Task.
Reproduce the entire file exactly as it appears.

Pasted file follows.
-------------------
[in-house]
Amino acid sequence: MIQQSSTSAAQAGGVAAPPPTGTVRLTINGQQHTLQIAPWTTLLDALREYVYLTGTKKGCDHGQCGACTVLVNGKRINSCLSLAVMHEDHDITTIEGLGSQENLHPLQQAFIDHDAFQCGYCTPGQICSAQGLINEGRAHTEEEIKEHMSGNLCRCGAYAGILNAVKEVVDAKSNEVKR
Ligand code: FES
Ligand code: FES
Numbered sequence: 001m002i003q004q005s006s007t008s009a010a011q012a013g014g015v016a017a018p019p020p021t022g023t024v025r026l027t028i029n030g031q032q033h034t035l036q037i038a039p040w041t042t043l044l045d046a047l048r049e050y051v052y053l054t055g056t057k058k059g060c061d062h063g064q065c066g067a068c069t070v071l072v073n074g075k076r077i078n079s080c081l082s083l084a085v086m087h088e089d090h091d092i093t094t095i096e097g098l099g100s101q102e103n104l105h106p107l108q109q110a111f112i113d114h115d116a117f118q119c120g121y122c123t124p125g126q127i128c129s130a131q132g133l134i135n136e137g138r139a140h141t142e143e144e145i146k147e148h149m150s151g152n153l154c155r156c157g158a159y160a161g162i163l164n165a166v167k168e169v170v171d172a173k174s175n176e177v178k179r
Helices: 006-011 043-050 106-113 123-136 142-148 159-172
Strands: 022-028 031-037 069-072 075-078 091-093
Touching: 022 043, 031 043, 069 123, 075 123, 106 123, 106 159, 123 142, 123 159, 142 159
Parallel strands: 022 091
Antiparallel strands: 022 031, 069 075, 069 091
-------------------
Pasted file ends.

[in-house]
Amino acid sequence: MIQQSSTSAAQAGGVAAPPPTGTVRLTINGQQHTLQIAPWTTLLDALREYVYLTGTKKGCDHGQCGACTVLVNGKRINSCLSLAVMHEDHDITTIEGLGSQENLHPLQQAFIDHDAFQCGYCTPGQICSAQGLINEGRAHTEEEIKEHMSGNLCRCGAYAGILNAVKEVVDAKSNEVKR
Ligand code: FES
Ligand code: FES
Numbered sequence: 001m002i003q004q005s006s007t008s009a010a011q012a013g014g015v016a017a018p019p020p021t022g023t024v025r026l027t028i029n030g031q032q033h034t035l036q037i038a039p040w041t042t043l044l045d046a047l048r049e050y051v052y053l054t055g056t057k058k059g060c061d062h063g064q065c066g067a068c069t070v071l072v073n074g075k076r077i078n079s080c081l082s083l084a085v086m087h088e089d090h091d092i093t094t095i096e097g098l099g100s101q102e103n104l105h106p107l108q109q110a111f112i113d114h115d116a117f118q119c120g121y122c123t124p125g126q127i128c129s130a131q132g133l134i135n136e137g138r139a140h141t142e143e144e145i146k147e148h149m150s151g152n153l154c155r156c157g158a159y160a161g162i163l164n165a166v167k168e169v170v171d172a173k174s175n176e177v178k179r
Helices: 006-011 043-050 106-113 123-136 142-148 159-172
Strands: 022-028 031-037 069-072 075-078 091-093
Touching: 022 043, 031 043, 069 123, 075 123, 106 123, 106 159, 123 142, 123 159, 142 159
Parallel strands: 022 091
Antiparallel strands: 022 031, 069 075, 069 091